What a spectacularly rubbish week. The kind of week which makes you almost believe there are Greek gods toying with your life.

No-one died, no one got hurt, but the needless jostling of egos and the triumph of the selfish over the selfless leaves me flat as a pancake. Awful.

Clive James explains, forewarns and laments a good deal of what has driven my week in his poem Leçons des ténèbres:

But are they lessons, all these things I learn
Through being so far gone in my decline?
The wages of experience I earn
Would service well a younger life than mine.
I should have been more kind. It is my fate
To find this out, but find it out too late.

The mirror holds the ruins of my face
Roughly together, thus reminding me
I should have played it straight in every case,
Not just when forced to. Far too casually
I broke faith when it suited me, and here
I am alone, and now the end is near.

All of my life I put my labour first.
I made my mark, but left no time between
The things achieved, so, at my heedless worst,
With no life, there was nothing I could mean.
But now I have slowed down. I breathe the air
As if there were not much more of it there

And write these poems, which are funeral songs
That have been taught to me by vanished time:
Not only to enumerate my wrongs
But to pay homage to the late sublime
That comes with seeing how the years have brought
A fitting end, if not the one I sought.

I should have been more kind. It is my fate
To find this out, but find it out too late.

I hope that a time will come when those who have made my week so dire come to contemplate alone the ruins of their faces – and might come to wish they’d also played it straighter in more cases and not just when forced to.

Faith has indeed been broken far too casually. My challenge is not to lessen myself in how I respond.



A bit like being winded by a whack in the solar plexus, this poem takes the wind out of your sails – and leaves you gasping.

Clive James’s wit and humour of have always been rapier sharp. But here, his acute observations on his own chronic decline are both a curse and a redemption.

If I appear to be on a morbid streak, I’m not really. But this interminable winter has made me reflect on the seasons of life. I’m ready for another spring in my summer years, so good the sun’s out today.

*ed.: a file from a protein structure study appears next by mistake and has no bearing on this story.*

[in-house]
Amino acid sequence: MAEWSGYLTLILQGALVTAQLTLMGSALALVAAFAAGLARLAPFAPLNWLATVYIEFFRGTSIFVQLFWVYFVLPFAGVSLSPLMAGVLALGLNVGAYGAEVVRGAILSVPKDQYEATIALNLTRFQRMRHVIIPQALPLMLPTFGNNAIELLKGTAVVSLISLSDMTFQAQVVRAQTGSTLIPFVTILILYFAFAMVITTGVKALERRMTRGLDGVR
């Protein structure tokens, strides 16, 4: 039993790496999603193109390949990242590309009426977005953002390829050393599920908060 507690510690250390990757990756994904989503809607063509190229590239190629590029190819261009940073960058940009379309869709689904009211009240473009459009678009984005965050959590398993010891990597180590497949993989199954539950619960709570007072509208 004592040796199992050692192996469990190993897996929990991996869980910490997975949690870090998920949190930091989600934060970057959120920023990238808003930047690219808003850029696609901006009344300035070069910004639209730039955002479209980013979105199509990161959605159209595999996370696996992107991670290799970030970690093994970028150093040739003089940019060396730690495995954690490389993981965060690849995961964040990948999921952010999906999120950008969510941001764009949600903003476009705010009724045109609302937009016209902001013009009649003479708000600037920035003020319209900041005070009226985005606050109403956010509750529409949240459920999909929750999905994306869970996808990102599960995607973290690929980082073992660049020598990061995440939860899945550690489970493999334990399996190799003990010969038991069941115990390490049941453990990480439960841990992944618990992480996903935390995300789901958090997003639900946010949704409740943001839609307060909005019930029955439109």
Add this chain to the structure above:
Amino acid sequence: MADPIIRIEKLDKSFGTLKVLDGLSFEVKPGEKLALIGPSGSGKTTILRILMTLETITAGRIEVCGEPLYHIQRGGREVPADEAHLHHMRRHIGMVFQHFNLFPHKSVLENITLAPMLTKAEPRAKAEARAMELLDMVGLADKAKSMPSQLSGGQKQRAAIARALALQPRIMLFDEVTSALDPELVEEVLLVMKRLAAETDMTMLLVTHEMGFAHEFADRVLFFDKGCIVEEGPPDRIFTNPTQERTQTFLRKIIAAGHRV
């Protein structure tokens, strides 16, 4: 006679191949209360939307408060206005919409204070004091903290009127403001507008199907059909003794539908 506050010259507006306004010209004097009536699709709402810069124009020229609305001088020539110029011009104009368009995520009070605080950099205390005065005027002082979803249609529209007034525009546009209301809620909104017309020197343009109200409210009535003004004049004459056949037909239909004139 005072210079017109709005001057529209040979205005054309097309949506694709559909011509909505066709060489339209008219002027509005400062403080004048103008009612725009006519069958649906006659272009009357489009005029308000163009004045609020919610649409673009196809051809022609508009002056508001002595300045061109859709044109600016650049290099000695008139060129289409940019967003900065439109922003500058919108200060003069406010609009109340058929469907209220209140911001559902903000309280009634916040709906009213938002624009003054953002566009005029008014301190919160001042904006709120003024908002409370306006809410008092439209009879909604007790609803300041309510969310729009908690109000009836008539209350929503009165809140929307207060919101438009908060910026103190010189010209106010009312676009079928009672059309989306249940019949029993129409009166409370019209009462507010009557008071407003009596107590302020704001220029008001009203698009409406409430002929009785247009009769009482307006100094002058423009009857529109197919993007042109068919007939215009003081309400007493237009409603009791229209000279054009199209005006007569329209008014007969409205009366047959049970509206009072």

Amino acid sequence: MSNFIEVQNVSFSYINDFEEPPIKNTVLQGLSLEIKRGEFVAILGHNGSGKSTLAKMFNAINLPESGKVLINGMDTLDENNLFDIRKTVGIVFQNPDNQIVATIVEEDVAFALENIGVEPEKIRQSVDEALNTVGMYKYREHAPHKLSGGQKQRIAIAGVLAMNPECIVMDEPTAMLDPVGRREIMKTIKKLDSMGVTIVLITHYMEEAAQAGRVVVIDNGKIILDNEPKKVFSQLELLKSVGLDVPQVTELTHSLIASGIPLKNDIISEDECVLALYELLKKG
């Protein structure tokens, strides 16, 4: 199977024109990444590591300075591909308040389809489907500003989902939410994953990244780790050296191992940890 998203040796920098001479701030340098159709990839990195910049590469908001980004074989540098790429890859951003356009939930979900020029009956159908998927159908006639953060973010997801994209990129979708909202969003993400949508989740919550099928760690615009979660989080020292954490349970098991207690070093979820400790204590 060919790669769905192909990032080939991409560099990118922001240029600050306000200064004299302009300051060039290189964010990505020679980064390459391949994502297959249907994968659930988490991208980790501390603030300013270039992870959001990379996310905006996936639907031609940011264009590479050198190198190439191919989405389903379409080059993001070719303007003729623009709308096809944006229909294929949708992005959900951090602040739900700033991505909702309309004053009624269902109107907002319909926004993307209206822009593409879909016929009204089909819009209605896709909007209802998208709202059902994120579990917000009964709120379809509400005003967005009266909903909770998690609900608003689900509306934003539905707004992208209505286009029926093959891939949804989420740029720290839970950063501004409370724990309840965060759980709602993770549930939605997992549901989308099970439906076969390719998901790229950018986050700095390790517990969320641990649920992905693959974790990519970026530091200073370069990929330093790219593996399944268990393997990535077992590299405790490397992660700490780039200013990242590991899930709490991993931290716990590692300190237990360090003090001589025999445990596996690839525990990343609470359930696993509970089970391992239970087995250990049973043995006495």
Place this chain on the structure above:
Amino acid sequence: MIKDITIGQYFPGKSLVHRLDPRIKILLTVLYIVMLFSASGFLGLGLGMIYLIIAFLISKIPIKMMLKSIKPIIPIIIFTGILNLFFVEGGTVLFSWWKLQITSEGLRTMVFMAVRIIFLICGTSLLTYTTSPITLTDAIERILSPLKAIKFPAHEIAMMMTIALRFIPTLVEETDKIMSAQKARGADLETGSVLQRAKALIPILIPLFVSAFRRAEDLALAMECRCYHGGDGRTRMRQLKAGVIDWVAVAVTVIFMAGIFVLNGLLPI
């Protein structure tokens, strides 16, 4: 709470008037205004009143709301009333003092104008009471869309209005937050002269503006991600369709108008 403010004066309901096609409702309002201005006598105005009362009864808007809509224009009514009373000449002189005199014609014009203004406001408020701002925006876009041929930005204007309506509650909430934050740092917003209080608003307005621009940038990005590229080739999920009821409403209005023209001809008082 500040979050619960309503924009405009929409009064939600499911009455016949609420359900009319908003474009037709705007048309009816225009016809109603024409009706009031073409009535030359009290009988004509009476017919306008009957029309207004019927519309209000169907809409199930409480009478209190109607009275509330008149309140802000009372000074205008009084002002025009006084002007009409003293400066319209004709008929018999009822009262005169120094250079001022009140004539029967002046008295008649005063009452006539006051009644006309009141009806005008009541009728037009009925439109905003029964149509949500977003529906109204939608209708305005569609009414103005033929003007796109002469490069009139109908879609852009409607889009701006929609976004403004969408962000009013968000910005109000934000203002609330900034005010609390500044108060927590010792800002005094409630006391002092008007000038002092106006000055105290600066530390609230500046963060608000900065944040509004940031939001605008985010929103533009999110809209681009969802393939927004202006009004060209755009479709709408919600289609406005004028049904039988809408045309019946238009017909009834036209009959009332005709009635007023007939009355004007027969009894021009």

Holding Court

Retreating from the world, all I can do
Is build a new world, one demanding less
Acute assessments. Too deaf to keep pace
With conversation, I don’t try to guess
At meanings, or unpack a stroke of wit,
But just send silent signals with my face
That claim I’ve not succumbed to loneliness
And might be ready to come in on cue.
People still turn towards me where I sit.

I used to notice everything, and spoke
A language full of details that I’d seen,
And people were amused; but now I see
Only a little way. What can they mean,
My phrases? They come drifting like the mist
I look through if someone appears to be
Smiling in my direction. Have they been?
This was the time when I most liked to smoke.
My watch-band feels too loose around my wrist.

My body, sensitive in every way
Save one, can still proceed from chair to chair,
But in my mind the fires are dying fast.
Breathe through a scarf. Steer clear of the cold air.
Think less of love and all that you have lost.
You have no future so forget the past.
Let this be no occasion for despair.
Cherish the prison of your waning day.
Remember liberty, and what it cost.

Be pleased that things are simple now, at least,
As certitude succeeds bewilderment.
The storm blew out and this is the dead calm.
The pain is going where the passion went.
Few things will move you now to lose your head
And you can cause, or be caused, little harm.
Tonight you leave your audience content:
You were the ghost they wanted at the feast,
Though none of them recalls a word you said.

(First published in the Times Literary Supplement)